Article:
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TrickBot shifted its focus to U.S banks and credit card companies, soaring past the 1,000 target URL mark in a single configuration.
September 28, 2017
5 Min Read
Figure 1: TrickBot target URL count by version
Doron Voolf and Jesse Smith also contributed to this article.
Compared to the most recent version we examined in July (v24), TrickBot’s target URL list has grown significantly, surpassing the 1,000 mark for the first time with notable increases in US targets.
TrickBot authors also introduced a worm module in v29 that spreads locally through SMB, a port usage we questioned when it turned up on the command and control (C&C) list in v24. Starting with v29, we began analyzing the infection targets separately by static injection (sinj) targets, which are redirection attacks, and dynamic injection (dinj) targets, which are webinjects. Whereas there are more dinj targets in total, there has been a sharp rise in sinj targets in the latest analyzed configurations.
URL Target Analysis
US financial institutions were the most targeted starting in v28 (185 URLs), followed by Australia, Spain, and Canada, which stayed consistent through v29 and v30. Rounding out the top 5 country targets was the "unknown" group. The top five company targets are led by "unknown" with 46 URLs, and followed by Chase, PayPal, American Express, and Bank of America. Little change in the URL targets occurred in v29 with the introduction of the worm module, but v30 saw the addition of 40+ US targets and a handful of new Canadian targets, moving Citibank into the third most targeted position. We also saw Amazon begin to be targeted for the first time, with 10 URLs present in the dinj target list.
Version 31 featured more Australian, New Zealand, Singapore, UK, and "unknown" targets. No URLs at all were dropped from v30, and we saw 159 added, while the company target list remained the same from v30. Version 32 saw almost twice as many URL targets as v31, even though 119 targets from v31 were dropped. There is a large focus on the US and UK, and the Nordic banks (previously observed in v24) are back.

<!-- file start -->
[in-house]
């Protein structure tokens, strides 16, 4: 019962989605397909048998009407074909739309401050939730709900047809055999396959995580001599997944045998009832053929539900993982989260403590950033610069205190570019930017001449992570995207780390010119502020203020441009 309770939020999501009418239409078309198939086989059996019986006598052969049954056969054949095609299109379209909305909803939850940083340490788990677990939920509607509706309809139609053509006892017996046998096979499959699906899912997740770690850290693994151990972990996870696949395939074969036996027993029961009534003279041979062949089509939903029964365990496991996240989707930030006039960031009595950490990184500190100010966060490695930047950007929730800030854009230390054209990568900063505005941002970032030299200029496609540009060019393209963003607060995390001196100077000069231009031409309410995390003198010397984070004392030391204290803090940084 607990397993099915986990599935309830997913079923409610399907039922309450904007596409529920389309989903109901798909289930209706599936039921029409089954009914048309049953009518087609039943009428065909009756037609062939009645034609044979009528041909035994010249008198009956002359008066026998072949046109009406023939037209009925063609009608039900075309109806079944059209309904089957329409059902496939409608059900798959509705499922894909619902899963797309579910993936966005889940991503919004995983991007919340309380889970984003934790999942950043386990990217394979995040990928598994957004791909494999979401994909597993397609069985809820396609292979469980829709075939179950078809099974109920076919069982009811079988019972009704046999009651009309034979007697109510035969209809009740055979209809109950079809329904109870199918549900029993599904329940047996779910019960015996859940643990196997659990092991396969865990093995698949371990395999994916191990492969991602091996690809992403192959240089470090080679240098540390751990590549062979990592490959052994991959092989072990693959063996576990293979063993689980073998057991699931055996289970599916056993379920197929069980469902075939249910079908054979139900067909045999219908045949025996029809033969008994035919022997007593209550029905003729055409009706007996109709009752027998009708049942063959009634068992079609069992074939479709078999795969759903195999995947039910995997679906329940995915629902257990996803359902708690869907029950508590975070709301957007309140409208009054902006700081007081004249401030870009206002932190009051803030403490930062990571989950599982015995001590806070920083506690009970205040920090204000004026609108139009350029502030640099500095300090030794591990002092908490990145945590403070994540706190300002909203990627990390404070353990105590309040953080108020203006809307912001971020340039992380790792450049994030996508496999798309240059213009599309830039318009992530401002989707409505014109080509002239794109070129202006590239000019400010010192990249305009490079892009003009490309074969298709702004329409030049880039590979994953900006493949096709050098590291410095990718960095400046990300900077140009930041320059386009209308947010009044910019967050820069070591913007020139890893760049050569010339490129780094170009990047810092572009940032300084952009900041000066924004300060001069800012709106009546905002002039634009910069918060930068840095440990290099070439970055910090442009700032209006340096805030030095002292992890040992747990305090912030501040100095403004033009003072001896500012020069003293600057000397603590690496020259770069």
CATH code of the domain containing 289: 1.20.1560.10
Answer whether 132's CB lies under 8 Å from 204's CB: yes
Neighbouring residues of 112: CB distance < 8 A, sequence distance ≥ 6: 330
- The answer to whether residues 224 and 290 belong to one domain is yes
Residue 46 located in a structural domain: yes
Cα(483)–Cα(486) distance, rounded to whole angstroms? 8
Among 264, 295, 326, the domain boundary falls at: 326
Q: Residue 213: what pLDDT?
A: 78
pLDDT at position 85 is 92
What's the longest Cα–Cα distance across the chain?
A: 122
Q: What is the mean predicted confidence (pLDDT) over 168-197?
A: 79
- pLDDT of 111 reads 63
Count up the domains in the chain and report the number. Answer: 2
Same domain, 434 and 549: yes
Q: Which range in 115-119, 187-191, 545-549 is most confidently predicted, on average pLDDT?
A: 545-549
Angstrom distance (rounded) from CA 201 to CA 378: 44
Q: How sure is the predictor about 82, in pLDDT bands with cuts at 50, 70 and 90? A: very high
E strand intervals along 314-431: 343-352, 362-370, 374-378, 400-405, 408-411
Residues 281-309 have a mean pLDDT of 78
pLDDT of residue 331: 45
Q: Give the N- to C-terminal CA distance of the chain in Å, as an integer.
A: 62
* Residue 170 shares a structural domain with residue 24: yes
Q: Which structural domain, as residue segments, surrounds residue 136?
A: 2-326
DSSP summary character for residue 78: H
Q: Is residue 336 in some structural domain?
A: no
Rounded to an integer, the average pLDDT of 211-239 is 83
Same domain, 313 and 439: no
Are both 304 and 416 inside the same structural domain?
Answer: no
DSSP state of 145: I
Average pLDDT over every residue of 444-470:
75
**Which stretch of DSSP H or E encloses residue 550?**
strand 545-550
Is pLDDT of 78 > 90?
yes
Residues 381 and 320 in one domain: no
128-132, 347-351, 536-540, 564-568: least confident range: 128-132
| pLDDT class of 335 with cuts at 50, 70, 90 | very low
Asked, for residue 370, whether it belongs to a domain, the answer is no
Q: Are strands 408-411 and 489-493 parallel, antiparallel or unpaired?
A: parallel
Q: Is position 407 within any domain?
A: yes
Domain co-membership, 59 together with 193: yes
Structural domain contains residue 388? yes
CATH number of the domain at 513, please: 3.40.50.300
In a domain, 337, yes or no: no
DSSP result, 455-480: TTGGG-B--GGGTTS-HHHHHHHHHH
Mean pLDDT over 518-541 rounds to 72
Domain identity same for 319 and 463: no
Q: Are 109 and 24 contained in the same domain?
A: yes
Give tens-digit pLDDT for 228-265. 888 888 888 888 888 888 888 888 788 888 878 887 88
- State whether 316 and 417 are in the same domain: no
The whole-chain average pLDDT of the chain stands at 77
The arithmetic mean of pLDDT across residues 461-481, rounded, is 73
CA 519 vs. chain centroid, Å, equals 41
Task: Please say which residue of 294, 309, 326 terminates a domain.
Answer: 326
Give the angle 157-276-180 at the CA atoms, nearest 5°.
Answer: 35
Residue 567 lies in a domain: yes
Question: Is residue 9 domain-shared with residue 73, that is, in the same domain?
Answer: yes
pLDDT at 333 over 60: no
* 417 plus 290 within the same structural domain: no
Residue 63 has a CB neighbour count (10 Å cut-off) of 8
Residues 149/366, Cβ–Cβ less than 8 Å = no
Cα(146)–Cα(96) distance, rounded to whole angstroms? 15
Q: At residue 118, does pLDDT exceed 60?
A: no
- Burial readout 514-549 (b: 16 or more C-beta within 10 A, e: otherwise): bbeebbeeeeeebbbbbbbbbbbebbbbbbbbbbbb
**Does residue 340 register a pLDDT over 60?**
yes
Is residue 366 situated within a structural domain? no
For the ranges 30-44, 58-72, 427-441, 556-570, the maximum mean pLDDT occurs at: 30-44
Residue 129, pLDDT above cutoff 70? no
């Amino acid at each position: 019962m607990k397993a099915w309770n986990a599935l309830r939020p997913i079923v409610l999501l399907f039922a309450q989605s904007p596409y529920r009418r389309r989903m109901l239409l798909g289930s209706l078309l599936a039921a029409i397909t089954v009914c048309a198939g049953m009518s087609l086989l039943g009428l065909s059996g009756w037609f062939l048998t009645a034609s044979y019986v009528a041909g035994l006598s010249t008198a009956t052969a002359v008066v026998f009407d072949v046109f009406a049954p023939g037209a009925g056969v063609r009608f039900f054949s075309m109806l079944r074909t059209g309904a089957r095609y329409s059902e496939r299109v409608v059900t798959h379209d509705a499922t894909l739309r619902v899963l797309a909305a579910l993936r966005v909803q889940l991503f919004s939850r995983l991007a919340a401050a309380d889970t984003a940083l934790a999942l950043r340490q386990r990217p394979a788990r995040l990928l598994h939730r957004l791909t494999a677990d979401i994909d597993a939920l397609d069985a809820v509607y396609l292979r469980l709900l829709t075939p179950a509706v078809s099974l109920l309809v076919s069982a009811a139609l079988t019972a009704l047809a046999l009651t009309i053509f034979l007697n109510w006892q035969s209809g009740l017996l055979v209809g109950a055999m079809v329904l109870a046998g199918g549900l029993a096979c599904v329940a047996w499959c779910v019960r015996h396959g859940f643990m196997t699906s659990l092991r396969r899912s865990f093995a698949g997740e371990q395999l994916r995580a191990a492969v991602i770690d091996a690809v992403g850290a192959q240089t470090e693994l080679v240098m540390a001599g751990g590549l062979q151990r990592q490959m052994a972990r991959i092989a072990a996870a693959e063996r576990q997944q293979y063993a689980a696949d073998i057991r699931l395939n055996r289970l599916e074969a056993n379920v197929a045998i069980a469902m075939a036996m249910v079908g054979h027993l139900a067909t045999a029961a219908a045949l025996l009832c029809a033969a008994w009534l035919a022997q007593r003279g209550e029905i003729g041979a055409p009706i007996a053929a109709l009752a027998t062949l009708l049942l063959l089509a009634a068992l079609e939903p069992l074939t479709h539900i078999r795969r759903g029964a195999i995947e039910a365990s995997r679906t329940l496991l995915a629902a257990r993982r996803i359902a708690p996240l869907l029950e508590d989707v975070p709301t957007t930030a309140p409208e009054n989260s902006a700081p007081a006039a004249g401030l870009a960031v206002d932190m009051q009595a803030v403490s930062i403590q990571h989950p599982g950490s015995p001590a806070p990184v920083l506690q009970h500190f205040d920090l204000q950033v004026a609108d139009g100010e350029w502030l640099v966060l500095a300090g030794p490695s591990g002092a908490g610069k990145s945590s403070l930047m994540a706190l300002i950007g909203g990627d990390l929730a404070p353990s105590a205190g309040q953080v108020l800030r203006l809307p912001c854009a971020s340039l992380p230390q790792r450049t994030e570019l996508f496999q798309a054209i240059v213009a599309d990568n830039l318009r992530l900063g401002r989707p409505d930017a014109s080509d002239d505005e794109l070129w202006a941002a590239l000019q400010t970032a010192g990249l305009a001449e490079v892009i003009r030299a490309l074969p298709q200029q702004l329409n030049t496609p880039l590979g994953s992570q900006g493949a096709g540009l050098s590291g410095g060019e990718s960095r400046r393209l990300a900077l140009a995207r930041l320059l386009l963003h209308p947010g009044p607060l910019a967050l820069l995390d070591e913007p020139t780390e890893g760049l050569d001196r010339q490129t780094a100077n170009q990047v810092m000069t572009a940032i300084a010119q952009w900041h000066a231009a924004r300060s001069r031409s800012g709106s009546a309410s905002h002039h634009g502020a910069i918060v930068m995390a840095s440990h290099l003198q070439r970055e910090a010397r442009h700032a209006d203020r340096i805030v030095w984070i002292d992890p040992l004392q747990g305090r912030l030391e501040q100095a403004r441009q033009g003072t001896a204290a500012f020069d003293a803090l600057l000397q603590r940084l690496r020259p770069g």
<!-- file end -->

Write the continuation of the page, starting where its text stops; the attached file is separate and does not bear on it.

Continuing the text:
In many instances, it appears that the targets for v32 were simply a combination of targets from previous versions. Almost all of the countries with eight or less targets appearing in v32 did not appear in v31, but did appear in v24. The Nordic countries behaved similarly: they did not appear in v31, but 78% of their URLs did appear in v24. Most of the increase in targets in this version are attributable to recycling older targets from previous versions that had been discarded over time. Notably, Amazon was discarded as a target in v32.
"Unknown" URL Target Analysis
URLs in this group often resemble "*/business/login/Login.jsp*", about which it is impossible to make a target determination. Every "unknown" URL target is a dinj (webinject) target, which makes sense; static inject targets need to be sure of what page the user is attempting to access in order to serve up a convincing redirect, while webinject targets merely need to insert malicious code into legitimate pages.
These "unknown" URLs could be used to target groups of banks all relying on a single online platform with an identical subdomain architecture. For instance, Bank XQW could use "www.bankxqw.com/business/login/Login.jsp", while Bank QRS could use "www.bankqrs.co.uk/business/login/Login.jsp". Both banks would be affected by the example "unknown" dinj target URL, allowing TrickBot to target multiple banks with a single URL. Certain URLs within the TrickBot target list strongly suggest this intent.